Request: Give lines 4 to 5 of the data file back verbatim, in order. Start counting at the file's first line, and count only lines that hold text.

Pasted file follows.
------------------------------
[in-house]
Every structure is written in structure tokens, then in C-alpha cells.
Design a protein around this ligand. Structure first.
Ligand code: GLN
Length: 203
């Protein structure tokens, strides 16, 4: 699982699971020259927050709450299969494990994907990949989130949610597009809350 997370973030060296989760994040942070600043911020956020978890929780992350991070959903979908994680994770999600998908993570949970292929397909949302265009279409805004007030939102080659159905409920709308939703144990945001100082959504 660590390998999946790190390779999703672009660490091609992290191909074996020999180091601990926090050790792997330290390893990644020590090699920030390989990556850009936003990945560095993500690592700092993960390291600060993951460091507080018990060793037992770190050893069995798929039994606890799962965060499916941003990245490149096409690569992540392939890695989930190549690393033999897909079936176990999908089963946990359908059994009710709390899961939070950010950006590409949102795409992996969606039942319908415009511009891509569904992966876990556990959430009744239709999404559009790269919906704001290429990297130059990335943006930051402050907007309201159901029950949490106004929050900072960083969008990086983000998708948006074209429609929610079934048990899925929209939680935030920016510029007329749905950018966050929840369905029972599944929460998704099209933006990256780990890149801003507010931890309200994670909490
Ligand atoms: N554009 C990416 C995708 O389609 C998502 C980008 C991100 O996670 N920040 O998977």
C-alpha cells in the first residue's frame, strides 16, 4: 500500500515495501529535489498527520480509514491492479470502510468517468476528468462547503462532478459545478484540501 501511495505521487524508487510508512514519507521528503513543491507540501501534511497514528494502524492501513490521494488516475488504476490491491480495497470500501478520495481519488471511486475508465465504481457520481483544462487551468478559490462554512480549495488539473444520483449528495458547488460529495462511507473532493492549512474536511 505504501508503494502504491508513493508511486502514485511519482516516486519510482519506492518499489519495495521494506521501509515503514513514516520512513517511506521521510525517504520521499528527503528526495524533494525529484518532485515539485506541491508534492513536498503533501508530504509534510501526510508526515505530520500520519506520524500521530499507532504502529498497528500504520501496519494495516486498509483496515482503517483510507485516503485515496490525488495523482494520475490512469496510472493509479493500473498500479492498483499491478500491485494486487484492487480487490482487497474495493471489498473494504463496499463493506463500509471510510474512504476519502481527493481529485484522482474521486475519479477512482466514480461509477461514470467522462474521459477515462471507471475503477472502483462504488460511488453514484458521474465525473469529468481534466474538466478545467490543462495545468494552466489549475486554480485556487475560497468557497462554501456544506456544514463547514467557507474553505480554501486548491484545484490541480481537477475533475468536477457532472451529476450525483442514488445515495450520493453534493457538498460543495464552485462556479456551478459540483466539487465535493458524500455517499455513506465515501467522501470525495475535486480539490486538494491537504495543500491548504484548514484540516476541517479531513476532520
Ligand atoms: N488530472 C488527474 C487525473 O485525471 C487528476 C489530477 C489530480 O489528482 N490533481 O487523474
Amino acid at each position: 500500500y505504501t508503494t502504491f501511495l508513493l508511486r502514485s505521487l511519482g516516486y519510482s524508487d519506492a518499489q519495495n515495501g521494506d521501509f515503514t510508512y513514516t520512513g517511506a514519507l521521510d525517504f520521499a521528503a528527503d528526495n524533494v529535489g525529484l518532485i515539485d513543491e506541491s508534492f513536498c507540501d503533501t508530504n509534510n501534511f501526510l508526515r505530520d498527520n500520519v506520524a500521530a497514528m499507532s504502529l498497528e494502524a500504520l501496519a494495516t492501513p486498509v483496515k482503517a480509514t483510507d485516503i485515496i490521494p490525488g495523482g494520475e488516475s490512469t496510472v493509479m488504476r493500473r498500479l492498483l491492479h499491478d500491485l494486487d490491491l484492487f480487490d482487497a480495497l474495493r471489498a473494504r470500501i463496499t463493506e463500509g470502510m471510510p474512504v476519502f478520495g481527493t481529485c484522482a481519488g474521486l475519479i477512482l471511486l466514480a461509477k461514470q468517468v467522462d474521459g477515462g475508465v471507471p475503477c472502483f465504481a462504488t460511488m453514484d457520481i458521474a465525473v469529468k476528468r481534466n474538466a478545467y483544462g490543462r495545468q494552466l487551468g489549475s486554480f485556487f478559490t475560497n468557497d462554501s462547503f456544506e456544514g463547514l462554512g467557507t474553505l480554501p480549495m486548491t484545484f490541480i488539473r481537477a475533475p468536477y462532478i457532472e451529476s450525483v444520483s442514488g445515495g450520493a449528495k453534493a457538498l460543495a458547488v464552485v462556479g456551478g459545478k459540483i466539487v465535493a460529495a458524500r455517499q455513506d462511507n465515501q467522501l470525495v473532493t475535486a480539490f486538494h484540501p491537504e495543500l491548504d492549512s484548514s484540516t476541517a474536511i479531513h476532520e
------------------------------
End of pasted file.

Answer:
Ligand code: GLN
Length: 203